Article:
The Anticlassification Turn In Employment Discrimination Law, Brad Areheart Dec 2011

The Anticlassification Turn In Employment Discrimination Law, Brad Areheart

Bradley A. Areheart

The distinction between antisubordination and anticlassification has existed since the 1970s and has been frequently invoked by scholars to advocate for certain readings of antidiscrimination law. The anticlassification principle prohibits practices that classify people on the basis of a forbidden category. In contrast, the antisubordination principle allows classification (or consideration of, for example, race or sex) to the extent the classification is intended to challenge group subordination.

While most scholars writing about antisubordination and anticlassification have done so in the context of equal protection, this Article systematically applies antisubordination and anticlassification values to assess recent developments in employment discrimination law ...


The Mythic 43 Million Americans With Disabilities, Ruth Colker Oct 2007

The Mythic 43 Million Americans With Disabilities, Ruth Colker

William & Mary Law Review

Although Congress stated in its first statutory finding that it intended the Americans with DisabilitiesA ct (ADA) to protect at least 43 million Americans from disability discrimination, the Supreme Court has interpreted this statute so that it covers no more than 13.5 million Americans. More importantly, this Article demonstrates through the use of Census Bureau data that the ADA's employment discrimination provisions have been eviscerated to the point that the ADA protects virtually no Americans who are both disabled and able to work. This Article places that problem in the larger context of the Court undermining Congress's ...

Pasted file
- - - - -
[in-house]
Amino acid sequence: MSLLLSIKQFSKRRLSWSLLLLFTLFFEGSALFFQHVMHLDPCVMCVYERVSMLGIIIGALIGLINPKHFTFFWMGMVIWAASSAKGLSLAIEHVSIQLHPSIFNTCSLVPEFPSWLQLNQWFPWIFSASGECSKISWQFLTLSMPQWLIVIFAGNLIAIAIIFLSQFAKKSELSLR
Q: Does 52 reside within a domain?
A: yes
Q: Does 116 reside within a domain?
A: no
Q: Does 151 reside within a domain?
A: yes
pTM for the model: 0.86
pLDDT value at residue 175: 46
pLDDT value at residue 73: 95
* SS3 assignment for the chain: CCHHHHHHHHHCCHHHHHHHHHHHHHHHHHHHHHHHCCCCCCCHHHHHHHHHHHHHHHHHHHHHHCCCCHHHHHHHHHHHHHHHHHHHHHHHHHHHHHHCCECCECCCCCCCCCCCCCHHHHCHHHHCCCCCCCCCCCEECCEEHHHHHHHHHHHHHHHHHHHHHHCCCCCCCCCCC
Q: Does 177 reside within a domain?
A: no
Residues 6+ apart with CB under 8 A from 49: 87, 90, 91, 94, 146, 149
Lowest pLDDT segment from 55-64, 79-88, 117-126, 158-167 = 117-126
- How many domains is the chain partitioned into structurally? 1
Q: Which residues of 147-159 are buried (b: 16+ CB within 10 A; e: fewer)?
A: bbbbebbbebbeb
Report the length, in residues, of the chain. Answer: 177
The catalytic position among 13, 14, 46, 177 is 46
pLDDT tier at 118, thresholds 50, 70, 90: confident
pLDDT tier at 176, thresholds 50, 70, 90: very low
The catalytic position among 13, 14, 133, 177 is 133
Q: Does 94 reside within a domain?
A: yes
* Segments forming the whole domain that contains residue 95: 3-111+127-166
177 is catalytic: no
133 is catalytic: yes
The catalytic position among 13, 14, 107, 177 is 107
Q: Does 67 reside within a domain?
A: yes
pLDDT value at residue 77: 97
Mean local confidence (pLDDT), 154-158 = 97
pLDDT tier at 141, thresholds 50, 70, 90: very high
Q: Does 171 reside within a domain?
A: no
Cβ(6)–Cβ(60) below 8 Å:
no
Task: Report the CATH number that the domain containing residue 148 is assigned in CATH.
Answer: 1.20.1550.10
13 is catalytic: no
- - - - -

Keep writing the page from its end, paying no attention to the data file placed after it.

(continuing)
Disability And Employment Discrimination At The Rehnquist Court, Anita Silvers, Michael E. Waterstone, Michael Ashley Stein Apr 2006

Disability And Employment Discrimination At The Rehnquist Court, Anita Silvers, Michael E. Waterstone, Michael Ashley Stein

Faculty Publications

No abstract provided.


Disability, Disparate Impact, And Class Actions, Michael Ashley Stein, Michael E. Waterstone Jan 2006

Disability, Disparate Impact, And Class Actions, Michael Ashley Stein, Michael E. Waterstone

Faculty Publications

Following Title VII's enactment, group-based employment discrimination actions flourished due to disparate impact theory and the class action device. Courts recognized that subordination that defined a group's social identity was also sufficient legally to bind members together, even when relief had to be issued individually. Woven through these cases was a notion of panethnicity that united inherently unrelated groups into a common identity, for example, Asian Americans. Stringent judicial interpretation subsequently eroded both legal frameworks and it has become increasingly difficult to assert collective employment actions, even against discriminatory practices affecting an entire group. This deconstruction has immensely ...